This time when debugging the template you will jump right into the template file.

Set a template manager

The API is designed around the idea that you do not have the templates sitting around in the source code (while you can do that as seen above). The main interface to provide RazorEngine with templates is the ITemplateManager interface.

config.TemplateManager = new MyTemplateManager(); 

public class MyTemplateManager : ITemplateManager
{
    public ITemplateSource Resolve(ITemplateKey key)
    {
        // Resolve your template here (ie read from disk)
        // if the same templates are often read from disk you propably want to do some caching here.
        string template = "Hello @Model.Name, welcome to RazorEngine!";
        // Provide a non-null file to improve debugging
        return new LoadedTemplateSource(template, null);
    }

    public ITemplateKey GetKey(string name, ResolveType resolveType, ITemplateKey context)
    {
        // If you can have different templates with the same name depending on the 
        // context or the resolveType you need your own implementation here!
        // Otherwise you can just use NameOnlyTemplateKey.
        return new NameOnlyTemplateKey(name, resolveType, context);
    }

    public void AddDynamic(ITemplateKey key, ITemplateSource source)
    {
        // You can disable dynamic templates completely, but 
        // then all convenience methods (Compile and RunCompile) with
        // a TemplateSource will no longer work (they are not really needed anyway).
        throw new NotImplementedException("dynamic templates are not supported!");
    }
}

Temporary files

RazorEngine tries hard to delete the temporary files it creates, but this is not always possible. This is especially true if you run RazorEngine from the default AppDomain. RazorEngine will warn you in this situation by writing to the stderr. One way to switch into a new AppDomain is to use the following snippet:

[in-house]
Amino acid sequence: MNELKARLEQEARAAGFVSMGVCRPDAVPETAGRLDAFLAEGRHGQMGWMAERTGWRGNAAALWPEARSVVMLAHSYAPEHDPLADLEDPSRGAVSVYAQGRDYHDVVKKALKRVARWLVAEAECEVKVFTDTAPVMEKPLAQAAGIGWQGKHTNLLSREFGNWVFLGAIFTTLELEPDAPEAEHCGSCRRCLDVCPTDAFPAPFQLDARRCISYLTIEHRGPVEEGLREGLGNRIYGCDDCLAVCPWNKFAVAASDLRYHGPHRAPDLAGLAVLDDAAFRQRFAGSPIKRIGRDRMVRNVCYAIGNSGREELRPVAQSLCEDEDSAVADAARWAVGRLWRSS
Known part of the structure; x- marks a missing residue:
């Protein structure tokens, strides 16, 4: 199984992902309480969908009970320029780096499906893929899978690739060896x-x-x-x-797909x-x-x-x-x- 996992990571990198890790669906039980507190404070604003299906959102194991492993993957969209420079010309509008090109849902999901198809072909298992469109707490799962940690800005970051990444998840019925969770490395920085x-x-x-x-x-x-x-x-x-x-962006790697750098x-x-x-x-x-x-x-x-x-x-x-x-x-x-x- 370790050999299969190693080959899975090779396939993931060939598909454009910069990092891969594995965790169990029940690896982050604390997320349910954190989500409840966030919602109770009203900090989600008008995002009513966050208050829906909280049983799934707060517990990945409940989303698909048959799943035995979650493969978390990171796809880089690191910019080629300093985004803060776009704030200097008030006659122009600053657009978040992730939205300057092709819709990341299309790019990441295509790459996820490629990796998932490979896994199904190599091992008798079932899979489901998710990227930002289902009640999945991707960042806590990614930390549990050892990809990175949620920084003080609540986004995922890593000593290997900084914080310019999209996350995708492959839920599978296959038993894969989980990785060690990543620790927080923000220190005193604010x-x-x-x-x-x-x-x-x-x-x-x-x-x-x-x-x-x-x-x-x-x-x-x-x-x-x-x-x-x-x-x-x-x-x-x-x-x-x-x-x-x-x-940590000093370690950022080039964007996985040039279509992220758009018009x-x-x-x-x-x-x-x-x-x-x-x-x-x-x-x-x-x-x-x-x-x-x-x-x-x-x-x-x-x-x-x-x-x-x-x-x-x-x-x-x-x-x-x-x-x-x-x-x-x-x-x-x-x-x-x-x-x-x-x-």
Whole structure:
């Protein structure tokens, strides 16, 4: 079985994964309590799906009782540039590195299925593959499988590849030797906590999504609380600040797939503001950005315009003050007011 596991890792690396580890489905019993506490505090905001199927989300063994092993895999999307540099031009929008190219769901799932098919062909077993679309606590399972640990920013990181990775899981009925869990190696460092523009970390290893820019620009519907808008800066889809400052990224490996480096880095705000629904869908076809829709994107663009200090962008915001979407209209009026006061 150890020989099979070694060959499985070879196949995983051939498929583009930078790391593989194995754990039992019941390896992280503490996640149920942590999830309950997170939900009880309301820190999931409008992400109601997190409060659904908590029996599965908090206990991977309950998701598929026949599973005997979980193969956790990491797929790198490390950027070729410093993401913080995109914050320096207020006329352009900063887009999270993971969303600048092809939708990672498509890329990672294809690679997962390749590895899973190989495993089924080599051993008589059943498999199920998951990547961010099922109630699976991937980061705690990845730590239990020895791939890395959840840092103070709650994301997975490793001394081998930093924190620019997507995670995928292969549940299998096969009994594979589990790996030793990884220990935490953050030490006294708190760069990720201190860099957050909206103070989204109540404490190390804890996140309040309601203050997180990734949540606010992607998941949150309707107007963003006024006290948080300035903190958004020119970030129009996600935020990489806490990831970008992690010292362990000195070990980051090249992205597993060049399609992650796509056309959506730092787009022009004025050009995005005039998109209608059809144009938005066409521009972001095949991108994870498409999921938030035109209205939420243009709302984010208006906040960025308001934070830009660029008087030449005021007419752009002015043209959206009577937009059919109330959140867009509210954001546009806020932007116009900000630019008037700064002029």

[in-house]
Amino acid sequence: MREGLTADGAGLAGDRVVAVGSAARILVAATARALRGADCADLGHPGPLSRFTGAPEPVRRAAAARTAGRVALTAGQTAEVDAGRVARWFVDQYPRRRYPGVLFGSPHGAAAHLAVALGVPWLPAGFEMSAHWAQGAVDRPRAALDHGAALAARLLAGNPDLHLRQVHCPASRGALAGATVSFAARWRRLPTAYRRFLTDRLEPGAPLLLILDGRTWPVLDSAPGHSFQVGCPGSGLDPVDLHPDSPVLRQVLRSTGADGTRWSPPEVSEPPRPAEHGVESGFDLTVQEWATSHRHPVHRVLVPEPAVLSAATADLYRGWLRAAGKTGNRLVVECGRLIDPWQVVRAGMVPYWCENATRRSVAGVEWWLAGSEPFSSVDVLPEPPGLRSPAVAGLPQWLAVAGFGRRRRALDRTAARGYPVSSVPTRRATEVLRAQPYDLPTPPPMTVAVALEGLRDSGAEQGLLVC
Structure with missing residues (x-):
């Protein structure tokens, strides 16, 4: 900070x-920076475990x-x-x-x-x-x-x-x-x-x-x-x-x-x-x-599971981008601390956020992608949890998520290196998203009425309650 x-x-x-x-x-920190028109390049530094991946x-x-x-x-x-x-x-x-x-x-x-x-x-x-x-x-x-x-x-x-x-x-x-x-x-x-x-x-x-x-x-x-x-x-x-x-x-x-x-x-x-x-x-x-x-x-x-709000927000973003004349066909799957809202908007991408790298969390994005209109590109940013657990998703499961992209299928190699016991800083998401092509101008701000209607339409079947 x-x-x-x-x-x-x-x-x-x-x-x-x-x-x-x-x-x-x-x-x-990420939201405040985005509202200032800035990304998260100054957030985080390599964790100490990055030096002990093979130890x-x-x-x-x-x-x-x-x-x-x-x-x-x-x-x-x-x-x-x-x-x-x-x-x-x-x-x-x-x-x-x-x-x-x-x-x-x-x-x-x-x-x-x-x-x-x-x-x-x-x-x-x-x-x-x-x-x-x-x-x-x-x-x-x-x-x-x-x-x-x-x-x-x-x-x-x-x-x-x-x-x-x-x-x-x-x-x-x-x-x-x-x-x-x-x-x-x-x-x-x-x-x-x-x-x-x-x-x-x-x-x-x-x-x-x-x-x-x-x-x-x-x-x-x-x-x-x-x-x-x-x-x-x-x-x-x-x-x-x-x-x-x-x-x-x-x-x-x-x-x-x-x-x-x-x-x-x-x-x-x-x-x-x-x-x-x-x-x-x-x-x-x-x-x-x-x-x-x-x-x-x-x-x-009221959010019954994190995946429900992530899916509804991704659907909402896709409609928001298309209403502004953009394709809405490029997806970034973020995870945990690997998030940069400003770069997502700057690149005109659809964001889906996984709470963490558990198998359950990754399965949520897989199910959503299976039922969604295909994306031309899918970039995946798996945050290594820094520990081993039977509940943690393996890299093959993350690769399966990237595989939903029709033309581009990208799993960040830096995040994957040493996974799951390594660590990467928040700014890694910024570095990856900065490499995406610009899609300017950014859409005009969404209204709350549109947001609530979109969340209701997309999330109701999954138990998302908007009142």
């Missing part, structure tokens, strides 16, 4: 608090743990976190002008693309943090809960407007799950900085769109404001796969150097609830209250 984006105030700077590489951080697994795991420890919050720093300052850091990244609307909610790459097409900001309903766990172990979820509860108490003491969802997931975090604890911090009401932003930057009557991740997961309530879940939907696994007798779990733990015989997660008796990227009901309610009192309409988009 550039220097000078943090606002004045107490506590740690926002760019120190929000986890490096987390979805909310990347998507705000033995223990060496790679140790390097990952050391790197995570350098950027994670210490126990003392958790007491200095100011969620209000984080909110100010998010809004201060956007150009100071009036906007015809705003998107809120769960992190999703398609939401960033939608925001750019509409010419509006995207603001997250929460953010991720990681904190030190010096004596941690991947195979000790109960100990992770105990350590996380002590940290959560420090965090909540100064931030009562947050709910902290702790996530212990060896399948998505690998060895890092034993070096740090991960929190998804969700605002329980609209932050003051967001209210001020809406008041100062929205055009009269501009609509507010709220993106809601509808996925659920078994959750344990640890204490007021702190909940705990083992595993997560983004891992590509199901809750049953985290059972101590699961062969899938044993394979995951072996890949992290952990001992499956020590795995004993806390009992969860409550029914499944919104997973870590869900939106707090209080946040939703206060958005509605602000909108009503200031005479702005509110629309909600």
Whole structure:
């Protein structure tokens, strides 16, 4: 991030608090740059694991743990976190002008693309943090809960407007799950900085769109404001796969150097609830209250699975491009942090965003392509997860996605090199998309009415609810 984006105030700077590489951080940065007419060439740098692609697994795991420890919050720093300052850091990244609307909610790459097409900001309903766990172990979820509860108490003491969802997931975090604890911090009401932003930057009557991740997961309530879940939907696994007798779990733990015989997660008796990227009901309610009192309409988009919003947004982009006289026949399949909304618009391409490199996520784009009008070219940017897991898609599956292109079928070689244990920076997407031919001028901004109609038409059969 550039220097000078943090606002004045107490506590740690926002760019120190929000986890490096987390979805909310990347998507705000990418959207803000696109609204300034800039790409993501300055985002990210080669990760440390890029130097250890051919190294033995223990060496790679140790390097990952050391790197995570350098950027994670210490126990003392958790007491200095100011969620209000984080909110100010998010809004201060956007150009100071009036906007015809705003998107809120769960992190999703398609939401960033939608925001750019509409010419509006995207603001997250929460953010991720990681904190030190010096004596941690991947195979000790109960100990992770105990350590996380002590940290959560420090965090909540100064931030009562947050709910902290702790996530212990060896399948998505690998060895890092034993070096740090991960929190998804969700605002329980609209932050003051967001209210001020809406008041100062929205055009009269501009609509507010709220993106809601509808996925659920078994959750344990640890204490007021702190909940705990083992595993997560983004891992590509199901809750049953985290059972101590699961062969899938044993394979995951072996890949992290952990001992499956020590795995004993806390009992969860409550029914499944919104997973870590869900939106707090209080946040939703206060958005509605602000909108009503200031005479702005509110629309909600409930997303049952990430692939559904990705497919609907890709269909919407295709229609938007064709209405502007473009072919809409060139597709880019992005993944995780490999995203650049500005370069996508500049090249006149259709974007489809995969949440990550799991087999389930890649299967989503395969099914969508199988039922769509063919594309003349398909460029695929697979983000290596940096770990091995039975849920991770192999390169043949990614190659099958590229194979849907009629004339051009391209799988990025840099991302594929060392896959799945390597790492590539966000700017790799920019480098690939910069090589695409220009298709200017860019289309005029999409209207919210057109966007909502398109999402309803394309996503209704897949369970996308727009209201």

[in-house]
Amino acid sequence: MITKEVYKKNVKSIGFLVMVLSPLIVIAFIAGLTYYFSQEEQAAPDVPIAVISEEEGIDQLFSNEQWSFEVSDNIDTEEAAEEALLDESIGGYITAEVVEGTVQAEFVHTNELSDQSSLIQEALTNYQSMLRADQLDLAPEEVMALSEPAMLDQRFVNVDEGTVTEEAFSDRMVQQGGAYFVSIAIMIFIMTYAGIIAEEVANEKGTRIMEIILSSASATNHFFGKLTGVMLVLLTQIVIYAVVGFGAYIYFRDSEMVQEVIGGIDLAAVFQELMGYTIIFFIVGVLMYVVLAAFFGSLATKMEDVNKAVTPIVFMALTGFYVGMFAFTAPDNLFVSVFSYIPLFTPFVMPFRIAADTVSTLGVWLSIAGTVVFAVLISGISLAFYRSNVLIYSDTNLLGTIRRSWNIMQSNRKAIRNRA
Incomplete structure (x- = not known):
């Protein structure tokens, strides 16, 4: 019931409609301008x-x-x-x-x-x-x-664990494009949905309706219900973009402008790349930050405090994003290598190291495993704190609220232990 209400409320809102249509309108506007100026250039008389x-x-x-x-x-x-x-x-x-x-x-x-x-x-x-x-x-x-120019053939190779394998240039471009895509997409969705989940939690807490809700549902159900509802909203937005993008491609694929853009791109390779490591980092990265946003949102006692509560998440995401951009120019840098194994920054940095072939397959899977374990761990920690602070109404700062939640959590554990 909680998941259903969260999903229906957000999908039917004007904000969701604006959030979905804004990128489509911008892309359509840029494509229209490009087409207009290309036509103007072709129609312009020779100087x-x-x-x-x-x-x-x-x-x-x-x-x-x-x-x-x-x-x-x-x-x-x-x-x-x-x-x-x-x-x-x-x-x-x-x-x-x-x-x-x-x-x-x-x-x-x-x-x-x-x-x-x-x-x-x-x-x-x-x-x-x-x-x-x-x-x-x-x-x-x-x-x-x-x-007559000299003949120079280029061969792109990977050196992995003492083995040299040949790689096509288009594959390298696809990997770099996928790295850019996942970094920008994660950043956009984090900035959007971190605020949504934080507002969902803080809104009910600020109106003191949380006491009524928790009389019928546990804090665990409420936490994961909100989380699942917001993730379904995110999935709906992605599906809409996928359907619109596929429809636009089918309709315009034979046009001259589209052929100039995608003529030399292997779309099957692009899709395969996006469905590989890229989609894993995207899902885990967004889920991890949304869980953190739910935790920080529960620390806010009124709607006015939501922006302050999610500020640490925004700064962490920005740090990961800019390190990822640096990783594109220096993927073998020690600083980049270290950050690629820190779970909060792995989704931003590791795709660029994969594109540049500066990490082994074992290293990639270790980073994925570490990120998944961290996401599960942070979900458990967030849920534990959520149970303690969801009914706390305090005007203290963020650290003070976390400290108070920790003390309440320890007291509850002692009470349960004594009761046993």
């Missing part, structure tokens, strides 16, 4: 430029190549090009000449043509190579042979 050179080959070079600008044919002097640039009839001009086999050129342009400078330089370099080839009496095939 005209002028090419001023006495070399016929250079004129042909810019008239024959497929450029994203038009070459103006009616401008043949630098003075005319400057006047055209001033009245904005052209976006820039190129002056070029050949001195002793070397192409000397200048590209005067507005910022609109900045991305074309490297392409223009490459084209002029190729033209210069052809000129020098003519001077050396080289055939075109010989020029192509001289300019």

static int Main(string[] args)
{
    if (AppDomain.CurrentDomain.IsDefaultAppDomain())
    {
        // RazorEngine cannot clean up from the default appdomain...
        Console.WriteLine("Switching to secound AppDomain, for RazorEngine...");
        AppDomainSetup adSetup = new AppDomainSetup();
        adSetup.ApplicationBase = AppDomain.CurrentDomain.SetupInformation.ApplicationBase;
        var current = AppDomain.CurrentDomain;
        // You only need to add strongnames when your appdomain is not a full trust environment.
        var strongNames = new StrongName[0];

        var domain = AppDomain.CreateDomain(
            "MyMainDomain", null,
            current.SetupInformation, new PermissionSet(PermissionState.Unrestricted),
            strongNames);
        var exitCode = domain.ExecuteAssembly(Assembly.GetExecutingAssembly().Location);
        // RazorEngine will cleanup. 
        AppDomain.Unload(domain);
        return exitCode;
    }
    // Continue with your code.
}

Depending on your scenario you probably need to edit it to your needs. Note that you need to Unload the domain to trigger cleanup.

For the following scenario:

  • Your templates are limited in number.
  • You fully trust your templates / don't need isolation.
  • You don't need any kind of debugging support.
  • Your templates do not change in runtime.

You can use config.DisableTempFileLocking = true as well. This will work in any AppDomain (including the default one). To remove the RazorEngine warnings you can additionally use config.CachingProvider = new DefaultCachingProvider(t => {}).

See also https://github.com/Antaris/RazorEngine/issues/244 for more details.

More

On the right side you can find links to advanced topics and additional documentation. You should definitely read "About Razor" and "Template basics".